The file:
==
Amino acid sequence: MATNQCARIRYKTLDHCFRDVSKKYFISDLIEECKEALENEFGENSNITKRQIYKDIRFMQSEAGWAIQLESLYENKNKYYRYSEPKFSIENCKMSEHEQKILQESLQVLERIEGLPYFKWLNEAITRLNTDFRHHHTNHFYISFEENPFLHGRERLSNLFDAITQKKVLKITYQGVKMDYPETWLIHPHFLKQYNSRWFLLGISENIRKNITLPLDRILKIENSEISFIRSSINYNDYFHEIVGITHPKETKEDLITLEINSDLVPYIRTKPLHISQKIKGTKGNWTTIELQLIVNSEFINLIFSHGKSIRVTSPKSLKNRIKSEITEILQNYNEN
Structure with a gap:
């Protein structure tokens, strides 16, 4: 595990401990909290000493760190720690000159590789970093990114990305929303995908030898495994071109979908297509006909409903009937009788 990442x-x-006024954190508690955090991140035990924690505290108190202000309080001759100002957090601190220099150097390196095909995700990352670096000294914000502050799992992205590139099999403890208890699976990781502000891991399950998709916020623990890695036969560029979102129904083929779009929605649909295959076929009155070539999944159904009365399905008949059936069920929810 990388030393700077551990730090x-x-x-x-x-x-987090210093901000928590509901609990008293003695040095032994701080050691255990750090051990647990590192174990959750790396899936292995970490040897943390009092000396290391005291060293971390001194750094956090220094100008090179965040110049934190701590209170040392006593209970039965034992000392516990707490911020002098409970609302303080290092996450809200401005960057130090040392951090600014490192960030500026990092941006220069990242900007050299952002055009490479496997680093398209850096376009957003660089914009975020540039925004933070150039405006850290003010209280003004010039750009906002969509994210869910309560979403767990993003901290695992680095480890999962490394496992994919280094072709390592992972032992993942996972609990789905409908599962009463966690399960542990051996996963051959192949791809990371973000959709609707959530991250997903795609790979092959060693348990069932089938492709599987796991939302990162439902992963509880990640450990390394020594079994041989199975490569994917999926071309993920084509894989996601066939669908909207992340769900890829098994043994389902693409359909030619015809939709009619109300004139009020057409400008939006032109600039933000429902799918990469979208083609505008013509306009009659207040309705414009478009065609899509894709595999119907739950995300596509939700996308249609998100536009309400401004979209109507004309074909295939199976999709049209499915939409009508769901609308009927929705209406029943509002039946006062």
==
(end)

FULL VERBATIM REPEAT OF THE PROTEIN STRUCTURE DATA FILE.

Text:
Amino acid sequence: MATNQCARIRYKTLDHCFRDVSKKYFISDLIEECKEALENEFGENSNITKRQIYKDIRFMQSEAGWAIQLESLYENKNKYYRYSEPKFSIENCKMSEHEQKILQESLQVLERIEGLPYFKWLNEAITRLNTDFRHHHTNHFYISFEENPFLHGRERLSNLFDAITQKKVLKITYQGVKMDYPETWLIHPHFLKQYNSRWFLLGISENIRKNITLPLDRILKIENSEISFIRSSINYNDYFHEIVGITHPKETKEDLITLEINSDLVPYIRTKPLHISQKIKGTKGNWTTIELQLIVNSEFINLIFSHGKSIRVTSPKSLKNRIKSEITEILQNYNEN
Structure with a gap:
């Protein structure tokens, strides 16, 4: 595990401990909290000493760190720690000159590789970093990114990305929303995908030898495994071109979908297509006909409903009937009788 990442x-x-006024954190508690955090991140035990924690505290108190202000309080001759100002957090601190220099150097390196095909995700990352670096000294914000502050799992992205590139099999403890208890699976990781502000891991399950998709916020623990890695036969560029979102129904083929779009929605649909295959076929009155070539999944159904009365399905008949059936069920929810 990388030393700077551990730090x-x-x-x-x-x-987090210093901000928590509901609990008293003695040095032994701080050691255990750090051990647990590192174990959750790396899936292995970490040897943390009092000396290391005291060293971390001194750094956090220094100008090179965040110049934190701590209170040392006593209970039965034992000392516990707490911020002098409970609302303080290092996450809200401005960057130090040392951090600014490192960030500026990092941006220069990242900007050299952002055009490479496997680093398209850096376009957003660089914009975020540039925004933070150039405006850290003010209280003004010039750009906002969509994210869910309560979403767990993003901290695992680095480890999962490394496992994919280094072709390592992972032992993942996972609990789905409908599962009463966690399960542990051996996963051959192949791809990371973000959709609707959530991250997903795609790979092959060693348990069932089938492709599987796991939302990162439902992963509880990640450990390394020594079994041989199975490569994917999926071309993920084509894989996601066939669908909207992340769900890829098994043994389902693409359909030619015809939709009619109300004139009020057409400008939006032109600039933000429902799918990469979208083609505008013509306009009659207040309705414009478009065609899509894709595999119907739950995300596509939700996308249609998100536009309400401004979209109507004309074909295939199976999709049209499915939409009508769901609308009927929705209406029943509002039946006062």